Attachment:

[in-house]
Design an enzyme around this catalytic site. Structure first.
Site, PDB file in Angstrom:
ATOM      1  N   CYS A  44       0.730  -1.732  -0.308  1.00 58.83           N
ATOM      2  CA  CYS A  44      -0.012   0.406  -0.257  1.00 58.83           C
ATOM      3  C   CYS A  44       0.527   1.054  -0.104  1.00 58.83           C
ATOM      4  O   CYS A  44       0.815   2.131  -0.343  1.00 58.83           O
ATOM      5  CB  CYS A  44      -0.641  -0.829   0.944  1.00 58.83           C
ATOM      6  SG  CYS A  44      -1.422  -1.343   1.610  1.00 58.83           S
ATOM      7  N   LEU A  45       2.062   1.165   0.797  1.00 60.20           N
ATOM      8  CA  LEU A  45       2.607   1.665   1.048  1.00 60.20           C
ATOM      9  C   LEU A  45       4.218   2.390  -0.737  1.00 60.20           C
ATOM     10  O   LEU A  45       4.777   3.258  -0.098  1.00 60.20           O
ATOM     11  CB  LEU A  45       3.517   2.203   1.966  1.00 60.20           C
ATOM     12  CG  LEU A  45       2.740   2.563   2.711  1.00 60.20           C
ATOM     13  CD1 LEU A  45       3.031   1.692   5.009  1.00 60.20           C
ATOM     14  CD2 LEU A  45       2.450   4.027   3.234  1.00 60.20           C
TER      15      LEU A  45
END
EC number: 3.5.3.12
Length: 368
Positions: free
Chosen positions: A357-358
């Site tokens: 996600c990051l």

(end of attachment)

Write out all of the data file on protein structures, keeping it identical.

[in-house]
Design an enzyme around this catalytic site. Structure first.
Site, PDB file in Angstrom:
ATOM      1  N   CYS A  44       0.730  -1.732  -0.308  1.00 58.83           N
ATOM      2  CA  CYS A  44      -0.012   0.406  -0.257  1.00 58.83           C
ATOM      3  C   CYS A  44       0.527   1.054  -0.104  1.00 58.83           C
ATOM      4  O   CYS A  44       0.815   2.131  -0.343  1.00 58.83           O
ATOM      5  CB  CYS A  44      -0.641  -0.829   0.944  1.00 58.83           C
ATOM      6  SG  CYS A  44      -1.422  -1.343   1.610  1.00 58.83           S
ATOM      7  N   LEU A  45       2.062   1.165   0.797  1.00 60.20           N
ATOM      8  CA  LEU A  45       2.607   1.665   1.048  1.00 60.20           C
ATOM      9  C   LEU A  45       4.218   2.390  -0.737  1.00 60.20           C
ATOM     10  O   LEU A  45       4.777   3.258  -0.098  1.00 60.20           O
ATOM     11  CB  LEU A  45       3.517   2.203   1.966  1.00 60.20           C
ATOM     12  CG  LEU A  45       2.740   2.563   2.711  1.00 60.20           C
ATOM     13  CD1 LEU A  45       3.031   1.692   5.009  1.00 60.20           C
ATOM     14  CD2 LEU A  45       2.450   4.027   3.234  1.00 60.20           C
TER      15      LEU A  45
END
EC number: 3.5.3.12
Length: 368
Positions: free
Chosen positions: A357-358
């Site tokens: 996600c990051l």